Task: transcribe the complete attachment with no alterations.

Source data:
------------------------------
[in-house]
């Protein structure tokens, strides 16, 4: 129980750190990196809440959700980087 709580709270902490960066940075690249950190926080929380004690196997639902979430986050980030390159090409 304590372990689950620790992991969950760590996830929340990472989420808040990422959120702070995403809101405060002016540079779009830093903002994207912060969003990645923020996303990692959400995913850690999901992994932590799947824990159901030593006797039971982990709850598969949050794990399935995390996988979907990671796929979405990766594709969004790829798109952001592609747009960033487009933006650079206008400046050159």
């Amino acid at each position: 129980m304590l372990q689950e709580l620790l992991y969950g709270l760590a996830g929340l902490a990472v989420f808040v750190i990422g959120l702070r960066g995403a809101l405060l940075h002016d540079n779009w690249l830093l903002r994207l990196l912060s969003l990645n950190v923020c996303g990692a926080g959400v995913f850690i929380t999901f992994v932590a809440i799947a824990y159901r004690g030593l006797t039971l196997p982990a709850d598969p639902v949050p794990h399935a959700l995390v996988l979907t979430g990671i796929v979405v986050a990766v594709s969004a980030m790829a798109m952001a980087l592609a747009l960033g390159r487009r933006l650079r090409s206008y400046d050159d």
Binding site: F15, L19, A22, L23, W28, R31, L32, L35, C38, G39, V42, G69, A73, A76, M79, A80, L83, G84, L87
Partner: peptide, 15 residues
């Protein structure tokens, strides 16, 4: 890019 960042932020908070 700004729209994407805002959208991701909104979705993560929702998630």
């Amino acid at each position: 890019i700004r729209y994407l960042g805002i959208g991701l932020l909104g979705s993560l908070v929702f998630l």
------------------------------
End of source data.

[in-house]
């Protein structure tokens, strides 16, 4: 129980750190990196809440959700980087 709580709270902490960066940075690249950190926080929380004690196997639902979430986050980030390159090409 304590372990689950620790992991969950760590996830929340990472989420808040990422959120702070995403809101405060002016540079779009830093903002994207912060969003990645923020996303990692959400995913850690999901992994932590799947824990159901030593006797039971982990709850598969949050794990399935995390996988979907990671796929979405990766594709969004790829798109952001592609747009960033487009933006650079206008400046050159």
């Amino acid at each position: 129980m304590l372990q689950e709580l620790l992991y969950g709270l760590a996830g929340l902490a990472v989420f808040v750190i990422g959120l702070r960066g995403a809101l405060l940075h002016d540079n779009w690249l830093l903002r994207l990196l912060s969003l990645n950190v923020c996303g990692a926080g959400v995913f850690i929380t999901f992994v932590a809440i799947a824990y159901r004690g030593l006797t039971l196997p982990a709850d598969p639902v949050p794990h399935a959700l995390v996988l979907t979430g990671i796929v979405v986050a990766v594709s969004a980030m790829a798109m952001a980087l592609a747009l960033g390159r487009r933006l650079r090409s206008y400046d050159d």
Binding site: F15, L19, A22, L23, W28, R31, L32, L35, C38, G39, V42, G69, A73, A76, M79, A80, L83, G84, L87
Partner: peptide, 15 residues
């Protein structure tokens, strides 16, 4: 890019 960042932020908070 700004729209994407805002959208991701909104979705993560929702998630």
């Amino acid at each position: 890019i700004r729209y994407l960042g805002i959208g991701l932020l909104g979705s993560l908070v929702f998630l």